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Brain warping: will electronic idiot savants become a doctor's best friends?

Doctors no longer need a scalpel to probe soft tissues inside the human body. With sophisticated computerized technology, they can obtain high-resolution images of organs or fluid pathways- sometimes in action-without ever opening up a patient.

As remarkable as they are, such noninvasive portraits or videos of the inner body remain only pretty pictures until interpreted by the trained eye and experience of an expert. Yet experts - even physicians and medical researchers - can have trouble seeing, much less understanding, subtle or buried patterns that may connote function, abnormality, or disease. And the likelihood that a lurking pattern will evade notice grows as the volume of images that must be reviewed increases.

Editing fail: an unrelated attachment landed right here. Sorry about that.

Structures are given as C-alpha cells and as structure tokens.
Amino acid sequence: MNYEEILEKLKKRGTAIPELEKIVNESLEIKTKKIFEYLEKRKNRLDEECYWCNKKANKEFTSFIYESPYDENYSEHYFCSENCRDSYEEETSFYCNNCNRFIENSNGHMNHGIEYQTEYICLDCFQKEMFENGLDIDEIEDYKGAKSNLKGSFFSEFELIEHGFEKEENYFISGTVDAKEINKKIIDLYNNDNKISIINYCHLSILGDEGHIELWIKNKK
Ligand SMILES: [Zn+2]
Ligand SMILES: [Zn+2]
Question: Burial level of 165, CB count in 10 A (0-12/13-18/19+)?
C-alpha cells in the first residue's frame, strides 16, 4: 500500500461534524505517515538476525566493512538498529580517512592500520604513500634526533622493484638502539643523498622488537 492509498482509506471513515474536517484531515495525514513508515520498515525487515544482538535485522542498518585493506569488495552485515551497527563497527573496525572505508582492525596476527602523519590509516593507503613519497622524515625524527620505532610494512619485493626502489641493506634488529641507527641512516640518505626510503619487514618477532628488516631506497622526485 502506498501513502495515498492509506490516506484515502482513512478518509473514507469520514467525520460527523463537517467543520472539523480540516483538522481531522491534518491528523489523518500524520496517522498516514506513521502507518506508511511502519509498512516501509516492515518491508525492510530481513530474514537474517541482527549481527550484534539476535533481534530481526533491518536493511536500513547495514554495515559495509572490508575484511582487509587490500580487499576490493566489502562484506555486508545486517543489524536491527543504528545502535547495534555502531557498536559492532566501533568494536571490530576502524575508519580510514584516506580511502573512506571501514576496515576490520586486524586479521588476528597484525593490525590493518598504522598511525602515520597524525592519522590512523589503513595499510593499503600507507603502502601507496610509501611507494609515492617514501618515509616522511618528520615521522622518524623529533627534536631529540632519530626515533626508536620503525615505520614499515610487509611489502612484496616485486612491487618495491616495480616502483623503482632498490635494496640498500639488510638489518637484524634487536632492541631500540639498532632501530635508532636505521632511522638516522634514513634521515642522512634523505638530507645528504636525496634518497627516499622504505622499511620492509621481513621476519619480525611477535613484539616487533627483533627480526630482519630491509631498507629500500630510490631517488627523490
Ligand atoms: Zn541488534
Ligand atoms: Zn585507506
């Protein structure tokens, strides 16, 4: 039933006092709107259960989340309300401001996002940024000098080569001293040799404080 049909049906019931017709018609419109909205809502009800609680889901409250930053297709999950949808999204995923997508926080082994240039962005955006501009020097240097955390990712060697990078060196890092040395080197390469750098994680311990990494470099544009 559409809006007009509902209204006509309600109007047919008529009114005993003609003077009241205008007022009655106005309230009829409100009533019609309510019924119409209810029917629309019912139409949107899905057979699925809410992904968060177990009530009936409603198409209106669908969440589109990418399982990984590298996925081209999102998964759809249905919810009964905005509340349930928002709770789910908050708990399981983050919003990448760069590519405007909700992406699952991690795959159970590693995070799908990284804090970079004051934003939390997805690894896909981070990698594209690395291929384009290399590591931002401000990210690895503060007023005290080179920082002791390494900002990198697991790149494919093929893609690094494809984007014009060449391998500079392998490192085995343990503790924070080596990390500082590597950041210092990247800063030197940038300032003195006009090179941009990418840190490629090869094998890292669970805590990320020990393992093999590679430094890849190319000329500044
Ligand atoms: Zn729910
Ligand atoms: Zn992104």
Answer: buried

Consider, for instance, a magnetic resonance imaging (MRI) scan of the human

brain. It collects the data necessary to produce a three-dimensional map of neural territory. But to understand the lay of that land, doctors might have to spend an entire week poring over the 100 or more two-dimensional images that can make up such a map.

Wouldn't it be nice if the doctor could instruct a computer program to analyze those MRI images? Have it look at, say, the cerebellum, or the speech center, or a ventricle and evaluate how any of those structures compares in size or shape or function with some well-characterized average for persons of the same age, size, and sex?

Or imagine a neurosurgeon preparing for some particularly delicate operation by turning on the computer and running through the procedure once, twice- even 10 times before entering the operating room. Moreover, this surgeon would practice not with some representation of the "average" brain but with the patient's brain, as mapped the day before by an MRI scan.